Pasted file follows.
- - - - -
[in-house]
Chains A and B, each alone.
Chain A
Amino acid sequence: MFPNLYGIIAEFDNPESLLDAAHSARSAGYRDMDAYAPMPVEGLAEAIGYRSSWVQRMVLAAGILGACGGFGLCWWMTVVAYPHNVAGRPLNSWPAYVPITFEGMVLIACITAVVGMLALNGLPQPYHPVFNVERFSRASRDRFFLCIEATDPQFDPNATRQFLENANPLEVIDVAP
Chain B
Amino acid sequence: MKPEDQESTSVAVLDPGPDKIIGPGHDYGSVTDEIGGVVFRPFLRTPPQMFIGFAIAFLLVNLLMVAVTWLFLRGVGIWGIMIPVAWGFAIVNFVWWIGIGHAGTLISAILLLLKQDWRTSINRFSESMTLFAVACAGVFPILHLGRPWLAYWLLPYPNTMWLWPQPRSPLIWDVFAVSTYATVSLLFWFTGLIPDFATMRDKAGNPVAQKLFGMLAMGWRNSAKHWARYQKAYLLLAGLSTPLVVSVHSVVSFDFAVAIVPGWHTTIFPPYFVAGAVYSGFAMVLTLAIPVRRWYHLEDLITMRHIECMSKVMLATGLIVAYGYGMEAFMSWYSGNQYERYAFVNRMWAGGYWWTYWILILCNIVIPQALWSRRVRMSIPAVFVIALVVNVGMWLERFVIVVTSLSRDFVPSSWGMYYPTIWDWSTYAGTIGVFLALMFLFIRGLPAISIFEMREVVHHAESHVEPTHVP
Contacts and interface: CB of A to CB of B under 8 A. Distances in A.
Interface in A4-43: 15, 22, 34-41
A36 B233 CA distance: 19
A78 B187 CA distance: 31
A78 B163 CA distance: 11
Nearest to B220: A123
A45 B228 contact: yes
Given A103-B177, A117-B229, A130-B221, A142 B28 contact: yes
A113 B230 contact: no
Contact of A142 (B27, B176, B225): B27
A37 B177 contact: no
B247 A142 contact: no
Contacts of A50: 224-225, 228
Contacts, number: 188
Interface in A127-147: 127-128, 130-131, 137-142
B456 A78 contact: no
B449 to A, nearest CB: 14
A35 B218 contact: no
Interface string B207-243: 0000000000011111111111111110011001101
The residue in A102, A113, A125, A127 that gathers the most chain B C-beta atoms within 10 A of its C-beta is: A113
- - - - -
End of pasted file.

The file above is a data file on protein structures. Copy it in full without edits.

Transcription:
[in-house]
Chains A and B, each alone.
Chain A
Amino acid sequence: MFPNLYGIIAEFDNPESLLDAAHSARSAGYRDMDAYAPMPVEGLAEAIGYRSSWVQRMVLAAGILGACGGFGLCWWMTVVAYPHNVAGRPLNSWPAYVPITFEGMVLIACITAVVGMLALNGLPQPYHPVFNVERFSRASRDRFFLCIEATDPQFDPNATRQFLENANPLEVIDVAP
Chain B
Amino acid sequence: MKPEDQESTSVAVLDPGPDKIIGPGHDYGSVTDEIGGVVFRPFLRTPPQMFIGFAIAFLLVNLLMVAVTWLFLRGVGIWGIMIPVAWGFAIVNFVWWIGIGHAGTLISAILLLLKQDWRTSINRFSESMTLFAVACAGVFPILHLGRPWLAYWLLPYPNTMWLWPQPRSPLIWDVFAVSTYATVSLLFWFTGLIPDFATMRDKAGNPVAQKLFGMLAMGWRNSAKHWARYQKAYLLLAGLSTPLVVSVHSVVSFDFAVAIVPGWHTTIFPPYFVAGAVYSGFAMVLTLAIPVRRWYHLEDLITMRHIECMSKVMLATGLIVAYGYGMEAFMSWYSGNQYERYAFVNRMWAGGYWWTYWILILCNIVIPQALWSRRVRMSIPAVFVIALVVNVGMWLERFVIVVTSLSRDFVPSSWGMYYPTIWDWSTYAGTIGVFLALMFLFIRGLPAISIFEMREVVHHAESHVEPTHVP
Contacts and interface: CB of A to CB of B under 8 A. Distances in A.
Interface in A4-43: 15, 22, 34-41
A36 B233 CA distance: 19
A78 B187 CA distance: 31
A78 B163 CA distance: 11
Nearest to B220: A123
A45 B228 contact: yes
Given A103-B177, A117-B229, A130-B221, A142 B28 contact: yes
A113 B230 contact: no
Contact of A142 (B27, B176, B225): B27
A37 B177 contact: no
B247 A142 contact: no
Contacts of A50: 224-225, 228
Contacts, number: 188
Interface in A127-147: 127-128, 130-131, 137-142
B456 A78 contact: no
B449 to A, nearest CB: 14
A35 B218 contact: no
Interface string B207-243: 0000000000011111111111111110011001101
The residue in A102, A113, A125, A127 that gathers the most chain B C-beta atoms within 10 A of its C-beta is: A113